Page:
The biggest cheap resource for your brand efforts? Your own customers. Ask your best ones why they buy from you, what attributes do they associate with you, and what type of people they’d recommend you to. The insights can be priceless and you may uncover a strength you never knew your customers saw in you that you should be promoting more heavily. Tweet this tidbit!
Applying the brand cost-effectively just means ensuring you’re firing on all cylinders once your brand strategy is established. So look at every single customer touch point and use it as an opportunity to convey one consistent message. If “funky progressive solutions for 20-something entrepreneurs” is your thing, ensure your copy is sharp and casual, reword your auto-emails or voicemail signature to reflect the personality that appeals to that audience, get really active in social media by highlighting cool trends and time-saving tools so you are seen as the expert, maybe paint your office in hip, modern colors.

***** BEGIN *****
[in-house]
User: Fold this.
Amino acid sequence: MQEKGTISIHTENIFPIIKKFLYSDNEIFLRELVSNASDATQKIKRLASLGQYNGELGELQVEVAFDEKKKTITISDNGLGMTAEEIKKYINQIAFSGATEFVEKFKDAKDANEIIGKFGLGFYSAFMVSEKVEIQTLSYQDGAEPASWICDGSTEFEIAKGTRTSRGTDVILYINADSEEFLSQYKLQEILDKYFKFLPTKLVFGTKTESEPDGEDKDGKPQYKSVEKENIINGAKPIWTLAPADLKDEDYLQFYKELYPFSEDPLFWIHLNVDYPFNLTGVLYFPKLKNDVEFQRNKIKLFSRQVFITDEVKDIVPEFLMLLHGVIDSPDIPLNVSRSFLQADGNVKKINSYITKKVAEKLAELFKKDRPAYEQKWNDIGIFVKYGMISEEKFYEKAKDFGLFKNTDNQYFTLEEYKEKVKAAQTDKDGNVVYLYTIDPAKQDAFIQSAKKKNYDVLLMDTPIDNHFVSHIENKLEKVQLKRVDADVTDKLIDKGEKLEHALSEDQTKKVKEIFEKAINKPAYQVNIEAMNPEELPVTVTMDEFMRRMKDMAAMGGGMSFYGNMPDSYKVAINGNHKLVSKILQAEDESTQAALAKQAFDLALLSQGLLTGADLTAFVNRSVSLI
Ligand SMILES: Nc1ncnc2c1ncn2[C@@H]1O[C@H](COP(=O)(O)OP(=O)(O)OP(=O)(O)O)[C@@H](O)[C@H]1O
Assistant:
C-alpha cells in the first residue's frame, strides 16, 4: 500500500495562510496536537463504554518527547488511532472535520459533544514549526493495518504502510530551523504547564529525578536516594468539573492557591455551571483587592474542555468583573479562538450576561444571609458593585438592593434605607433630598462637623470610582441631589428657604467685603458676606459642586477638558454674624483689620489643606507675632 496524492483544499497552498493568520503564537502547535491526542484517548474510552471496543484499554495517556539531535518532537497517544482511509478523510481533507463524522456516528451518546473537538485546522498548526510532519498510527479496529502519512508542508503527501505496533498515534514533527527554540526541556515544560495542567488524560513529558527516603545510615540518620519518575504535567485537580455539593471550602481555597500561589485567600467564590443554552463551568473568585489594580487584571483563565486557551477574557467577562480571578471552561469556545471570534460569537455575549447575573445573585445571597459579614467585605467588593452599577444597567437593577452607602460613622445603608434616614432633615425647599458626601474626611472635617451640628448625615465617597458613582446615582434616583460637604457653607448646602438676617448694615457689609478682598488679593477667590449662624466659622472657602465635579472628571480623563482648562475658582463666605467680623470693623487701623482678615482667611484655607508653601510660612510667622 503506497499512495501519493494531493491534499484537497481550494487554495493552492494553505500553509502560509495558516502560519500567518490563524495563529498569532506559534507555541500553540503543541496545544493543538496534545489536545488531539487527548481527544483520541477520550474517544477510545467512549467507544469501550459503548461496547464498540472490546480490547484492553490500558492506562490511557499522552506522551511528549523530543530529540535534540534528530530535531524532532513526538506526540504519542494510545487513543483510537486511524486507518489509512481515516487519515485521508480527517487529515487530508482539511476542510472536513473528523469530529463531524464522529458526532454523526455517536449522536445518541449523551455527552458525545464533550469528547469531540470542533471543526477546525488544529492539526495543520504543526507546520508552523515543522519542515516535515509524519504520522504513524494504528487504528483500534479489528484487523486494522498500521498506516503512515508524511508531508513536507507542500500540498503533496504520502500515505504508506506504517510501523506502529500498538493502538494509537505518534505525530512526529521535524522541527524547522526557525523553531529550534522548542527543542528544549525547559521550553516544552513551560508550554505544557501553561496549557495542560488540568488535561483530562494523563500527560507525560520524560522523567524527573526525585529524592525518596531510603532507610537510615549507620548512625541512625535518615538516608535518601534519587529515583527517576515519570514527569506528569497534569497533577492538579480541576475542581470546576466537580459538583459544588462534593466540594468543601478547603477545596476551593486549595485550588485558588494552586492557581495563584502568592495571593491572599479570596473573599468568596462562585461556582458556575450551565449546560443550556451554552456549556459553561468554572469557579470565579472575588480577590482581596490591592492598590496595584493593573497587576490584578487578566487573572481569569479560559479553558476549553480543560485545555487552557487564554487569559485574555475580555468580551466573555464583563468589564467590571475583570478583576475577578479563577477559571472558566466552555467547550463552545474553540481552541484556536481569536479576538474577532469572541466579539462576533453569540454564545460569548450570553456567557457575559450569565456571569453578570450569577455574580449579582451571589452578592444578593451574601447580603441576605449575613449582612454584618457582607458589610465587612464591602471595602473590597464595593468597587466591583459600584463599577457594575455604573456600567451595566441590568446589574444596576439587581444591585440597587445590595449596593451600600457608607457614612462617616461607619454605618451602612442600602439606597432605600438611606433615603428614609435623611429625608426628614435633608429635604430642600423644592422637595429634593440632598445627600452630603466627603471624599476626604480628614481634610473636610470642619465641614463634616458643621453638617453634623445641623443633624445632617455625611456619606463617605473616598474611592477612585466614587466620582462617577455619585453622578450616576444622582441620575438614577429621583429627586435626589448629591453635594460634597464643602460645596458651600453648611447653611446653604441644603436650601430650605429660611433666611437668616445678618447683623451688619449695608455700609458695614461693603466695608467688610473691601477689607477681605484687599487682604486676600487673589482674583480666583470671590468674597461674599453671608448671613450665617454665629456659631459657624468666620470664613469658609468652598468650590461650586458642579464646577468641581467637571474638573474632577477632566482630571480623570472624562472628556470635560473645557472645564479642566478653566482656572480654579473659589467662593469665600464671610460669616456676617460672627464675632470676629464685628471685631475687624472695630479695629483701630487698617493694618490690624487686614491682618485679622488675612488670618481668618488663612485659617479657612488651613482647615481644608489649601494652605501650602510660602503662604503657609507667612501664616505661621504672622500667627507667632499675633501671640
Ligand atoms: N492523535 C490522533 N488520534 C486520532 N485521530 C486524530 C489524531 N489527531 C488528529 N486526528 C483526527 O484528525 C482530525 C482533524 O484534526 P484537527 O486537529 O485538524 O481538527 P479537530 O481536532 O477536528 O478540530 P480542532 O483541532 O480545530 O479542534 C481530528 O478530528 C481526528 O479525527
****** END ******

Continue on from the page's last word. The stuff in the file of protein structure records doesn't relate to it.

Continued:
The key is, if you want to be “funky, progressive solution gal” then don’t let any customer interaction be conservative and boring. That just sends a mixed message. And same holds true the other way, because there are markets for everything: if your brand is about the lowest prices and simple value for senior citizens, then you don’t build a website with whizz-bang gadgets, complex interfaces and high-concept design that screams “20-something Mac user.” A confused prospect will simply become your competitor’s customer! People don’t work so hard to figure you out. And they won’t spend the time to do it!
Power Chicks: Maria, you've given us tons to think about – and act on as well. Thanks!
I can't let you go before I give your book a shout out. I 've read it and recommend it to my Marketing Shebang clients all the time. I recently saw this quote from one of your UK reader: "Your book should be in the hands of every business and only wished I'd come across it last year, there is so much value…"
Power Chicks Chime In: What did you learn from Maria's interview on branding? Would you call your current branding spot-on .. or way off? For those of you who've read Maria's book – reviews and/or learnings to share?